Good work by Rahui Katene, Maori Party MP for Te Tai Tonga in voicing good opposition to the secret Bill that fixes - that since 2008 it has been unlawful for police to retain identifying particulars of children and young people who have been through the youth justice system and subjected to a penalty less than conviction. This is not just about fixing that loophole. The secrecy apparently was so that no young person could take the Government to court. Labour did the deal with the gnats and The Maori Party, Chris Carter and The Greens opposed it today.
We know that Māori youth are arrested more and that part of this is due to racial profiling. Below-conviction-threshold options like family group conferences and restorative justice are there because they work and provide alternatives for rehabilitation. These young people have made mistakes but they have not breached the conviction threshold and therefore should not have their fingerprints and photos taken and stored in some database.
Rahui is speaking strongly here
Our focus – in raising the questions we have – is to bring to the House the opportunity to talk about youth wellbeing rather than simply promoting yet another forum for politicians to talk about the perils of youth; and the need to hold the fingerprints of youth who have been admonished by a judge.
I would really recommend that Members look carefully at sections 283 (a) to (n) of the Children, Young Persons and their families Act. These provisions – for children to be admonished; for young parents to attend a parenting programme; for young people to attend a mentoring programme – are now provisions for which the fingerprints and photographs of these young people are kept.
And I would suggest in particular that Mr Hipkins looks at this detail – that these orders from a very good piece of legislation were always intended to focus on child and youth wellbeing – not fodder for this Policing Bill.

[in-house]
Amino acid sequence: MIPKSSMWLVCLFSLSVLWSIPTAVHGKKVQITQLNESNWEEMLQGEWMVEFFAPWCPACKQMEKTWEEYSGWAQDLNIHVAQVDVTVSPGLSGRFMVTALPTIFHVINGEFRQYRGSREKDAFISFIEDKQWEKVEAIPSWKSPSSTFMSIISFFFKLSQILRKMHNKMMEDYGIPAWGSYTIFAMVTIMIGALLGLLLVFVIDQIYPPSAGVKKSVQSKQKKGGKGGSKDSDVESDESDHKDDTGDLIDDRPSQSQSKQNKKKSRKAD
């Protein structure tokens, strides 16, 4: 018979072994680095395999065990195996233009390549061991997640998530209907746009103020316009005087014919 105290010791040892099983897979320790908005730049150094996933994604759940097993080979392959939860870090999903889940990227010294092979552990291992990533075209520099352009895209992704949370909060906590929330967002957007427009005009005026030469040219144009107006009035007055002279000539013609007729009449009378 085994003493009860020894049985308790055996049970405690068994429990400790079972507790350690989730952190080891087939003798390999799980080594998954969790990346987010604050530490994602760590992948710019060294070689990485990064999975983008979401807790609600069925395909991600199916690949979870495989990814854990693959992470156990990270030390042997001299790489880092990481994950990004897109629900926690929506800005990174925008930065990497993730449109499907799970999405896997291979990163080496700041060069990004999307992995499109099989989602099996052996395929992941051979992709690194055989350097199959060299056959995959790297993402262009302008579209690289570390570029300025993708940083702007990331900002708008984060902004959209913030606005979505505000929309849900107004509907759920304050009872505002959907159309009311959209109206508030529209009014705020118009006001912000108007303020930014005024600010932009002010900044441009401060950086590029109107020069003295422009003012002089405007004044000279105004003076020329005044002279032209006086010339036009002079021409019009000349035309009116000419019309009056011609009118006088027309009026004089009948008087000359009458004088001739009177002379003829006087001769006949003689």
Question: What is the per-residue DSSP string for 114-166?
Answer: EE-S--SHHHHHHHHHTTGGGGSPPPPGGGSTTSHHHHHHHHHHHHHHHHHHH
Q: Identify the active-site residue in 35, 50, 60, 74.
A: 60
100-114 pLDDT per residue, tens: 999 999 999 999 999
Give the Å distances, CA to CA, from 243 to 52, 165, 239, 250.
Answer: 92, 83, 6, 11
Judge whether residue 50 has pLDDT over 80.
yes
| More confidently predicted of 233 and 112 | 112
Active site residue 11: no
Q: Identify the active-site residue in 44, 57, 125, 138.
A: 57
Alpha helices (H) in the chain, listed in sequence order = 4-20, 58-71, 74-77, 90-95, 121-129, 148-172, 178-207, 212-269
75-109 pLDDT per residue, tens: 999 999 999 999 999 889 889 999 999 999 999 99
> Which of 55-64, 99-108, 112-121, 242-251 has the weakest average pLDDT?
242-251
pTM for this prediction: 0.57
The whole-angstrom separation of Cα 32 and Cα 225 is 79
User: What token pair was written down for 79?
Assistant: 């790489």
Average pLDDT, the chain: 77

I have been greatly disappointed by the nature of the debate today which has tried to close down discussion on the impacts for youth and instead focus on the mistakes of the statute.
This Bill may appear to just be about a tidy up of some legislation but it really is about how we treat our youth, particularly Māori youth. You can see why many feel let down and alienated. This personal identifying information is kept even though they have not received a conviction – this is just wrong. I mean, what next? - just take the information at birth - you know, for the greater good. It doesn’t take much to connect the dots from this type of harassment to the high Māori youth suicide rate. The issues have to be faced up to instead of degrading the debate and focusing it on the technicalities.
Our youth deserve more than platitudes and empty words. We have real issues because of how this society is constructed - this materialistic, individualistic approach based on capitalism is empty and dry - if you add in colonisation and patriarchy it can barely sustain life. It is our job to create the world for our children, not their job - blaming youth is pointless, stigmatising them is vindictive and counterproductive. We can make it better for our youth - it takes community and people, it takes culture and aroha. It takes listening.
Good on The Greens, Chris Carter, and The Maori Party (and I assume Mana as Hone’s proxy is still with the Greens I think) for opposing this and shame on Labour. The gnats have shown that money is their big driver yet again.